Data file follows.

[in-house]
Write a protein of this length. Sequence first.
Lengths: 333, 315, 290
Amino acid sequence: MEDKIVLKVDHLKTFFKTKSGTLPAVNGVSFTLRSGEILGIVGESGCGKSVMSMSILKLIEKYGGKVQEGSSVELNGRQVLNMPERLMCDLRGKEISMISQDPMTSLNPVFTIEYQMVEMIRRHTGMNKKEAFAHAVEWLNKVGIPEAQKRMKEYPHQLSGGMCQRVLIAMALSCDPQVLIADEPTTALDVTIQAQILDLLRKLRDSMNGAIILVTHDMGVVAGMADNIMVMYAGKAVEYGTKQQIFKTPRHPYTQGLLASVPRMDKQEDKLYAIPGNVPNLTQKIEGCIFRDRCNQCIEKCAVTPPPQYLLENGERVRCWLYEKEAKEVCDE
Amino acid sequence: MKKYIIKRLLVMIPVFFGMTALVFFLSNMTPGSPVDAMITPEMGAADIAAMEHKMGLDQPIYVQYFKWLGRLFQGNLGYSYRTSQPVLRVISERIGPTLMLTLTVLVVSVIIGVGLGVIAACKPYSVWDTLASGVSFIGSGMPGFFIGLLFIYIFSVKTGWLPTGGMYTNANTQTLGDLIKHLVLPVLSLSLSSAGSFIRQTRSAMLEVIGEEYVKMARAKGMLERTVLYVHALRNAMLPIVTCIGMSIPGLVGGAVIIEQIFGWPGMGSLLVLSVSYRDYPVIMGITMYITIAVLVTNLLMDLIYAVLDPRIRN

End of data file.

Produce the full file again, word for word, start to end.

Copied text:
[in-house]
Write a protein of this length. Sequence first.
Lengths: 333, 315, 290
Amino acid sequence: MEDKIVLKVDHLKTFFKTKSGTLPAVNGVSFTLRSGEILGIVGESGCGKSVMSMSILKLIEKYGGKVQEGSSVELNGRQVLNMPERLMCDLRGKEISMISQDPMTSLNPVFTIEYQMVEMIRRHTGMNKKEAFAHAVEWLNKVGIPEAQKRMKEYPHQLSGGMCQRVLIAMALSCDPQVLIADEPTTALDVTIQAQILDLLRKLRDSMNGAIILVTHDMGVVAGMADNIMVMYAGKAVEYGTKQQIFKTPRHPYTQGLLASVPRMDKQEDKLYAIPGNVPNLTQKIEGCIFRDRCNQCIEKCAVTPPPQYLLENGERVRCWLYEKEAKEVCDE
Amino acid sequence: MKKYIIKRLLVMIPVFFGMTALVFFLSNMTPGSPVDAMITPEMGAADIAAMEHKMGLDQPIYVQYFKWLGRLFQGNLGYSYRTSQPVLRVISERIGPTLMLTLTVLVVSVIIGVGLGVIAACKPYSVWDTLASGVSFIGSGMPGFFIGLLFIYIFSVKTGWLPTGGMYTNANTQTLGDLIKHLVLPVLSLSLSSAGSFIRQTRSAMLEVIGEEYVKMARAKGMLERTVLYVHALRNAMLPIVTCIGMSIPGLVGGAVIIEQIFGWPGMGSLLVLSVSYRDYPVIMGITMYITIAVLVTNLLMDLIYAVLDPRIRN